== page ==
But on Platonism, there just is no causal relationship to appeal to because abstract object are causally effete. It is for this reason alone that I believe Platonism should be abandoned in favor of conceptualism.

The really interesting part here is that abstract objects cannot be grounded in just any mind. For there are contingent minds, much as myself, who are incapable of grounding any necessary truths. Instead, we ought to conclude that there exists a necessary mind that grounds abstract objects. But not only is this necessary mind the ground of abstract objects. Still further, this necessary mind must know all true propositions. The union of all true propositions is itself an abstract object. Since only an omniscient mind could know all true propositions, it follows that a necessary, eternal, omniscient mind exists.

Sunday, August 14, 2011

A Plausible Ontological Argument

1. Necessarily, something exists. (Premise)

2. There is a possible state of affairs at which nothing contingent exists. (Premise)

3. If something exists and nothing contingent exists, then something necessary exists. (From 1 and 2)

4. Hence, something necessary possibly exists. (From 2 and 3)

5. Therefore, something necessary exists. (From 4 and S5)

Like all ontological arguments, it is really premise (1) that is most controversial. However, I think that the above premise (1) is quite obviously true, and not nearly as controversial as the usual "a maximally great being possibly exists." In its denial of ontological nihilism, the proponent may simply stress that a state of affairs at which nothing at all exists would itself be an existing entity. Of course, this commits us to either realism or conceptualism, the latter of which I prefer.

I would argue further that this necessary entity is a mental concept, which could only be grounded in a necessary mind, e.g. God. However, I don't want to pursue that argument at the moment.

For those skeptical of S5, let's instead consider the following reductio, having already granted the truth of (1) and (2):

Assume (6): a necessary entity does not exist. (6) and (2) imply that there is a possible state of affairs at which nothing exists. However, this contradicts (1), which states that something or other must exist. Therefore, (6) is false, and (5) is true. An appeal to S5, while legitimate, is unnecessary in this case.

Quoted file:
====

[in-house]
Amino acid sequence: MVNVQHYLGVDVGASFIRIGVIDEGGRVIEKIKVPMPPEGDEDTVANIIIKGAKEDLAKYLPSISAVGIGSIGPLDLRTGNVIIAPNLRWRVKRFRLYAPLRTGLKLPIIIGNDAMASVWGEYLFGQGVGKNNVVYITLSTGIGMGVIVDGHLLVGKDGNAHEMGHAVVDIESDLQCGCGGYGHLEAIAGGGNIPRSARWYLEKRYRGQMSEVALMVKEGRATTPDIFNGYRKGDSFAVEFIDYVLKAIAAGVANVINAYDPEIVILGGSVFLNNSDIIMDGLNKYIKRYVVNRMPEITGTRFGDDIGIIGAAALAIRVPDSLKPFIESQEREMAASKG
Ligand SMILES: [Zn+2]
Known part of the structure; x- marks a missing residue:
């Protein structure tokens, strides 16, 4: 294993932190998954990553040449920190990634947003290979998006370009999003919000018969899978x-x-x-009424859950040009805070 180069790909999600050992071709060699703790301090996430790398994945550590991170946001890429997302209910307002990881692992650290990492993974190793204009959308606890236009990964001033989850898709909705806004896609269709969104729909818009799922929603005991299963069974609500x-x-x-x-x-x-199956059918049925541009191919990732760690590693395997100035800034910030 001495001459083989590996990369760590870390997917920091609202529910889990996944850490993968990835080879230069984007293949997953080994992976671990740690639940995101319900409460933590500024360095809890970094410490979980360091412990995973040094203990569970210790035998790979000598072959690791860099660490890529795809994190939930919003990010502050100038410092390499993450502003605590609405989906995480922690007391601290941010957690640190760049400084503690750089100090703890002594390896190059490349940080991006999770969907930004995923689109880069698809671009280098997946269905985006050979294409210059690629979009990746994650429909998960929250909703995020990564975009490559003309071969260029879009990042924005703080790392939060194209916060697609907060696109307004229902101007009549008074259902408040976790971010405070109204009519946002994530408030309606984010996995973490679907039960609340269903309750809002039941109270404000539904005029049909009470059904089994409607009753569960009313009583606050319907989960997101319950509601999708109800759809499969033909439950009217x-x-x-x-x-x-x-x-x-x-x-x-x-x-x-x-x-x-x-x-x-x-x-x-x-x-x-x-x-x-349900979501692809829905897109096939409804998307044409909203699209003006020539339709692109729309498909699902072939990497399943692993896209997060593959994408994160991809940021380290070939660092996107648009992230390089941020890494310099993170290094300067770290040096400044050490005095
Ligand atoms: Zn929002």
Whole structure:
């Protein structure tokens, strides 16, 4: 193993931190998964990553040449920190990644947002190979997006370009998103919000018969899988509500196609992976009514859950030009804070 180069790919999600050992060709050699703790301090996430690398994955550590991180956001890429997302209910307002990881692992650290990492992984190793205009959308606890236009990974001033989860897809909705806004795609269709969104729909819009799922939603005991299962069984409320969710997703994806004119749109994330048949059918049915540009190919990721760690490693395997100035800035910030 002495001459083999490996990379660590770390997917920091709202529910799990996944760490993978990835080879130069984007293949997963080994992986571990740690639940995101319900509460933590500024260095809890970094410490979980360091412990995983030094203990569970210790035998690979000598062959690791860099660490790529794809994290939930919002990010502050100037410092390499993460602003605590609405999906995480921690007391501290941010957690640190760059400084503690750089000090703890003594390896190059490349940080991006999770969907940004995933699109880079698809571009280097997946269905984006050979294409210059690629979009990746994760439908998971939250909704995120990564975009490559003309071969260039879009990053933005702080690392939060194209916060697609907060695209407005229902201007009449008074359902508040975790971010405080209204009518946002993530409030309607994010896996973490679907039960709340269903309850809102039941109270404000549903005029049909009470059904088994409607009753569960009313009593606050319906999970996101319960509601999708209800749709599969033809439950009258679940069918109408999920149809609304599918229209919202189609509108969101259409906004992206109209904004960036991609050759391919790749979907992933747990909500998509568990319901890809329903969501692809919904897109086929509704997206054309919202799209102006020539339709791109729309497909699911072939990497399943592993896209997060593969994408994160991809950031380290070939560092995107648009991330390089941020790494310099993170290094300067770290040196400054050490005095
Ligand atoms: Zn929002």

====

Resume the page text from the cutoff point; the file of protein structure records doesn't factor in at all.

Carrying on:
Naturally, the Platonist will gladly accept the conclusion of this argument. If he is also an atheist, though, then he will presumably insist that the necessary entity concluded to in (5) is one of the forms, and not a concrete entity, such as God. The debate, then, turns upon whether one should adopt Platonism or conceptualism, but I regress.

Tuesday, August 9, 2011

Is Existence a Predicate? Does it Matter?

Many of us dismiss the ontological argument as demonstrably unsound by reciting Kant's famous dictum that "existence is not a predicate." Besides the context of this line being directed toward Descartes' ontological argument, which is irrelevant to any modal versions of the proof, there seems to be a certain impertinence of it with respect to other arguments for God's existence.

Take, for example, an argument I am quite fond of: the Thomistic cosmological argument (TCA). The TCA, in its most basic form, suggests that being, or existence, or actuality, is an entity in its own right. What's interesting about this is that Kant even appears to be persuaded by this line of thought at times. As he points out, one would much rather possess an existing fortune than a non-existing one. Yet, doesn't this require an ontological difference between the two?

If being is not a real entity, then it is strictly a non-entity. But, how can two things be distinct through a non-entity, e.g. nothing? To be distinct through nothing is to be identical, so it appears manifest that being is itself an entity. Given that something exists, then, it follows that being exists.

Since I have argued on multiple occasions that being itself is Pure Act, I won't repeat myself at this time. Nevertheless, it's worth considering that we ought to be cautious when citing Kant's dictum. Besides the skeptic's interpretation, we have two additional alternatives: a) Kant was wrong; or b) Kant is being misinterpreted. I'm inclined to accept the latter.